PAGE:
Styling checkboxes using only css

Styling a checkbox using CSS has been made possible with the invention of the css: checked pseudo-class. You can’t style a checkbox input element directly by using css.

In this article, I am going to show a step by step process on how we can style a checkbox input element using only css.


1) We need an input type of checkbox and a label for this input.

The first thing to do is set a myForm class to position relative.

<form class="myForm" action="#">
<input type="checkbox" name="myCheckBox" id="checkbox">
<label for="checkbox">My checkbox</label>

The attribute of the label must match the id attribute of input type checkbox, so when we click on the text of the label, the input is checked or unchecked.

2) Style the label: before pseudo class exactly as the design of the unchecked checkbox we want


width: 20px;
height: 20px;
border: 1px solid #2196F3;
content: ' ';
border-radius: 10px;
float: left;
margin:0 10px;
cursor: pointer;

So in this example, we will have a circle checkbox with a blue border as an unchecked checkbox element. You can find the styles of this example in the source code I will provide below. As I explained in the first step if we click inside the label:: before circle, our checkbox with getting checked.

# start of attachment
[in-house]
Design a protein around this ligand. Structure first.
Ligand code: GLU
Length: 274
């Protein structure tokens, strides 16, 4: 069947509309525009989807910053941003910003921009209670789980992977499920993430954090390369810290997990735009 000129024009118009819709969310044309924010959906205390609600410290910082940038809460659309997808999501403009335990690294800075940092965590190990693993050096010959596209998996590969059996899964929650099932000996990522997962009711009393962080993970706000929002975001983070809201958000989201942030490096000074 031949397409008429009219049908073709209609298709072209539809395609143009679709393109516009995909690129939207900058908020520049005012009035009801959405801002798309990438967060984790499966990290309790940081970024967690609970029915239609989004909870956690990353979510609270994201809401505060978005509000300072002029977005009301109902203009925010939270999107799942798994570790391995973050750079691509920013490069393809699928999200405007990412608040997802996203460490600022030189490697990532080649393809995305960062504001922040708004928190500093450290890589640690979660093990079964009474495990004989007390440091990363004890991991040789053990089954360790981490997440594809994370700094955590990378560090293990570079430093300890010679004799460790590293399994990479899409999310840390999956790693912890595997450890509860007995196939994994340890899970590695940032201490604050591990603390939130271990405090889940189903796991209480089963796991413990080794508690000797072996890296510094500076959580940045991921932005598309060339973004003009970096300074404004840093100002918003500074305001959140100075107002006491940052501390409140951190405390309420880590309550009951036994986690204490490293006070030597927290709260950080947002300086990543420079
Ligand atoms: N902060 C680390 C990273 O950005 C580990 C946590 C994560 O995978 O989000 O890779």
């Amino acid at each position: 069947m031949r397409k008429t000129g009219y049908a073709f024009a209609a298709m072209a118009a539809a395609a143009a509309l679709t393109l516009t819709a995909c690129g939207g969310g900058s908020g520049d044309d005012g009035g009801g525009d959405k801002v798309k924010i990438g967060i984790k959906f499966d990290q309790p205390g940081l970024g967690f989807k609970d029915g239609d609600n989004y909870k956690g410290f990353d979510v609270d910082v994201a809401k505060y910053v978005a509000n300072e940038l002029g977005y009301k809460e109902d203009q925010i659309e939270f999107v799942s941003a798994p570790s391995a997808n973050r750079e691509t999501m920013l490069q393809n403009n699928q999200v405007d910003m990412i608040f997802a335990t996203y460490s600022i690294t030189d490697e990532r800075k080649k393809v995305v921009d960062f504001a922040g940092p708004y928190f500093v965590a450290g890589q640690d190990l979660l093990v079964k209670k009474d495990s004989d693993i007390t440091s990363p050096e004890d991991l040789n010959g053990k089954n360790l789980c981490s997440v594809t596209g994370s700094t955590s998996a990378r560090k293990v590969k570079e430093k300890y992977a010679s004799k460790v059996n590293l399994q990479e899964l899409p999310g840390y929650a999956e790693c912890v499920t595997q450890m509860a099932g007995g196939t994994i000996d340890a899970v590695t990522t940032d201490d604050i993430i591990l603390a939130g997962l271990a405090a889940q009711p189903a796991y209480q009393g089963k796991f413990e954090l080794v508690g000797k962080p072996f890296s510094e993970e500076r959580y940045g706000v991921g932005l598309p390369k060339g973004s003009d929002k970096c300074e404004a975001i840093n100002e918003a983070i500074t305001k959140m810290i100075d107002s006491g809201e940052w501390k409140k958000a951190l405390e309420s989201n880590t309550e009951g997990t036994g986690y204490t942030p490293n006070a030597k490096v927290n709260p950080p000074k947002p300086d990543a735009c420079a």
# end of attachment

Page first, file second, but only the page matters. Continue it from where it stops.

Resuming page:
3) Find out when our checkbox is checked and display a label:: after pseudo class to make it look as a checked checkbox.

display: none;
top: 6px;
left: 16px;
content: '';
color: #2196F3;
position: absolute;
width: 10px;
height: 10px;
background-color: #2196F3;
border-radius: 5px;
cursor: pointer;

We style the label:: after pseudo class, set it to position absolute so we can put it inside our label:: before circle, so it will look as a checked checkbox. We set it to display none so it will be visible only when our checkbox element is checked. This can be checked by the following code:

input[type=checkbox]:checked + label::after{display: block;}

This line of code makes sure that the label:: after will only be visible when our checkbox element is checked, and when it’s unchecked make it invisible.

4) Make our checkbox element invisible

The last step is to make our checkbox element unvisible for users.


This is the unstyled version of our checkbox so we don’t want it to be visible to our users.


The most important thing is that “for” attribute of the label must match the “id” attribute of input type checkbox. The label:: before will behave as an unchecked checkbox and the label:: after will make it look as a checked checkbox. Then we can hide our real checkbox because our styled label pseudo class will do the work.

Leave a reply